Sai Kee Kopitiam serves different variations of coffee from the classic kopi ‘c’ ais of coffee with evaporated milk and no sugar to the more sophisticated iced-dripped coffee. A cuppa is best paired with traditional kaya buns, made either grilled or steamed. Both methods produce equally good buns so there’s no harm in ordering both!
3:30 p.m. – Hop on the Muar River Cruise
Make your way down to the Tanjung Emas jetty and hop on the Muar River Cruise. You will be given a tour of the city’s famous landmarks in the context of Muar’s fascinating history. The 45-minute ride will take you upstream to the town’s second bridge before making its way back to the mouth of the river.
The cruise will give you an access to a view of the Sultan’s palace, the old Customs building and the seafood haunt of Sabak Awor. The highlight is definitely the two mesmerising mosques mirroring each other across the river – the aforementioned Masjid Jamek Sultan Ibrahim and the newer Masjid Jamek 2 Sultan Ismail.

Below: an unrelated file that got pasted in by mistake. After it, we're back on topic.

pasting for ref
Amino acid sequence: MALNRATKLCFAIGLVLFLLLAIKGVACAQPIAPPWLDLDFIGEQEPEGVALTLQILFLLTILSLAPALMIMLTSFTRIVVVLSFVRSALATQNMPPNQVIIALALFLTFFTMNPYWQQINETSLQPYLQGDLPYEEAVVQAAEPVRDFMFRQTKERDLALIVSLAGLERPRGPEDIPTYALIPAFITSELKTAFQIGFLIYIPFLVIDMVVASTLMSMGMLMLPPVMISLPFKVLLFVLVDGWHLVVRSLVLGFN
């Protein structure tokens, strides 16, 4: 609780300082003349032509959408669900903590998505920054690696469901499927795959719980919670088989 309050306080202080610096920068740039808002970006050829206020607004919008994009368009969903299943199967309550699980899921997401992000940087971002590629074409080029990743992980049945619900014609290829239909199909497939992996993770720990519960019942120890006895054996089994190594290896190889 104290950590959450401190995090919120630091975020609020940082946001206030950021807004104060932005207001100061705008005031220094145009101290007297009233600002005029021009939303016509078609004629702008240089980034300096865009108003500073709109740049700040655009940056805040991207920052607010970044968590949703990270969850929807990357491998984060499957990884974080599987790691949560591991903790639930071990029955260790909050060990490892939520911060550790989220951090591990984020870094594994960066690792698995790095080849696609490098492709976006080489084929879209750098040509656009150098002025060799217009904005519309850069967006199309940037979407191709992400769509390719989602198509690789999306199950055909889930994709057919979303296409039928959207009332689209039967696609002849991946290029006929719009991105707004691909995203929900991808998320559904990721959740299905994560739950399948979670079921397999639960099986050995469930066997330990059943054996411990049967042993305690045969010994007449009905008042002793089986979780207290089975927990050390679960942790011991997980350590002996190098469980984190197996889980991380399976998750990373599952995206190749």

4:30 p.m. – Enjoy the evening at Tanjung Emas Recreation Park
Once you get back on-shore, spend the rest of the evening at Tanjung Emas Recreation Park. The park is perfect for an evening stroll, family picnic or just people-watching as you get swept away by the sea breeze. The park is beautifully landscaped and is graced by yet another grand clock tower.
One of the famed street snacks at Tanjung Emas is Rojak Petis, a rojak drenched in a sweet sauce made from shrimp with a molasses like consistency. It’s no surprise to see tempeh and tofu in this rojak as Muar has a large population of Javanese descent.
6:30 p.m – Return to Melaka
After your trip, you’ll have plenty of time to return to Melaka for an evening meal or just a drink. Or you might want to just lay down on the sofa after a jam-packed day of culture and sightseeing!
Gazientep’s Culinary Wonders